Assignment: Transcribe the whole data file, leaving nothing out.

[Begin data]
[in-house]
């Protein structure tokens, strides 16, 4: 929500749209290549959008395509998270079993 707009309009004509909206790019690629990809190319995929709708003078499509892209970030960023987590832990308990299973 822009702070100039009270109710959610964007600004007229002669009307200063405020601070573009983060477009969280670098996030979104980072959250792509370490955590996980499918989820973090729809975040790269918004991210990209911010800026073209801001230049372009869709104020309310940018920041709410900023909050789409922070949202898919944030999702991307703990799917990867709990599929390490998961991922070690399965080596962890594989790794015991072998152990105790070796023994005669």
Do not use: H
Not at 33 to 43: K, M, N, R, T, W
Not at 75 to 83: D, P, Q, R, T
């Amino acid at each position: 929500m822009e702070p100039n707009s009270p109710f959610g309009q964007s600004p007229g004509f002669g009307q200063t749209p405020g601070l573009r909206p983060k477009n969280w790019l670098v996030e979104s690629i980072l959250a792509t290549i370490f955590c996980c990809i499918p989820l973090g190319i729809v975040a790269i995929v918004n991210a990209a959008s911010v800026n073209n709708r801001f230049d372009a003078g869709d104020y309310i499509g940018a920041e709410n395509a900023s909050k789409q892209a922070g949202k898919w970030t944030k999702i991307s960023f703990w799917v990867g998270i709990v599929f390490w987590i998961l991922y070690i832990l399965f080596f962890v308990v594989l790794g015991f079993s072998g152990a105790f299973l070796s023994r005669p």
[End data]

[in-house]
């Protein structure tokens, strides 16, 4: 929500749209290549959008395509998270079993 707009309009004509909206790019690629990809190319995929709708003078499509892209970030960023987590832990308990299973 822009702070100039009270109710959610964007600004007229002669009307200063405020601070573009983060477009969280670098996030979104980072959250792509370490955590996980499918989820973090729809975040790269918004991210990209911010800026073209801001230049372009869709104020309310940018920041709410900023909050789409922070949202898919944030999702991307703990799917990867709990599929390490998961991922070690399965080596962890594989790794015991072998152990105790070796023994005669």
Do not use: H
Not at 33 to 43: K, M, N, R, T, W
Not at 75 to 83: D, P, Q, R, T
């Amino acid at each position: 929500m822009e702070p100039n707009s009270p109710f959610g309009q964007s600004p007229g004509f002669g009307q200063t749209p405020g601070l573009r909206p983060k477009n969280w790019l670098v996030e979104s690629i980072l959250a792509t290549i370490f955590c996980c990809i499918p989820l973090g190319i729809v975040a790269i995929v918004n991210a990209a959008s911010v800026n073209n709708r801001f230049d372009a003078g869709d104020y309310i499509g940018a920041e709410n395509a900023s909050k789409q892209a922070g949202k898919w970030t944030k999702i991307s960023f703990w799917v990867g998270i709990v599929f390490w987590i998961l991922y070690i832990l399965f080596f962890v308990v594989l790794g015991f079993s072998g152990a105790f299973l070796s023994r005669p």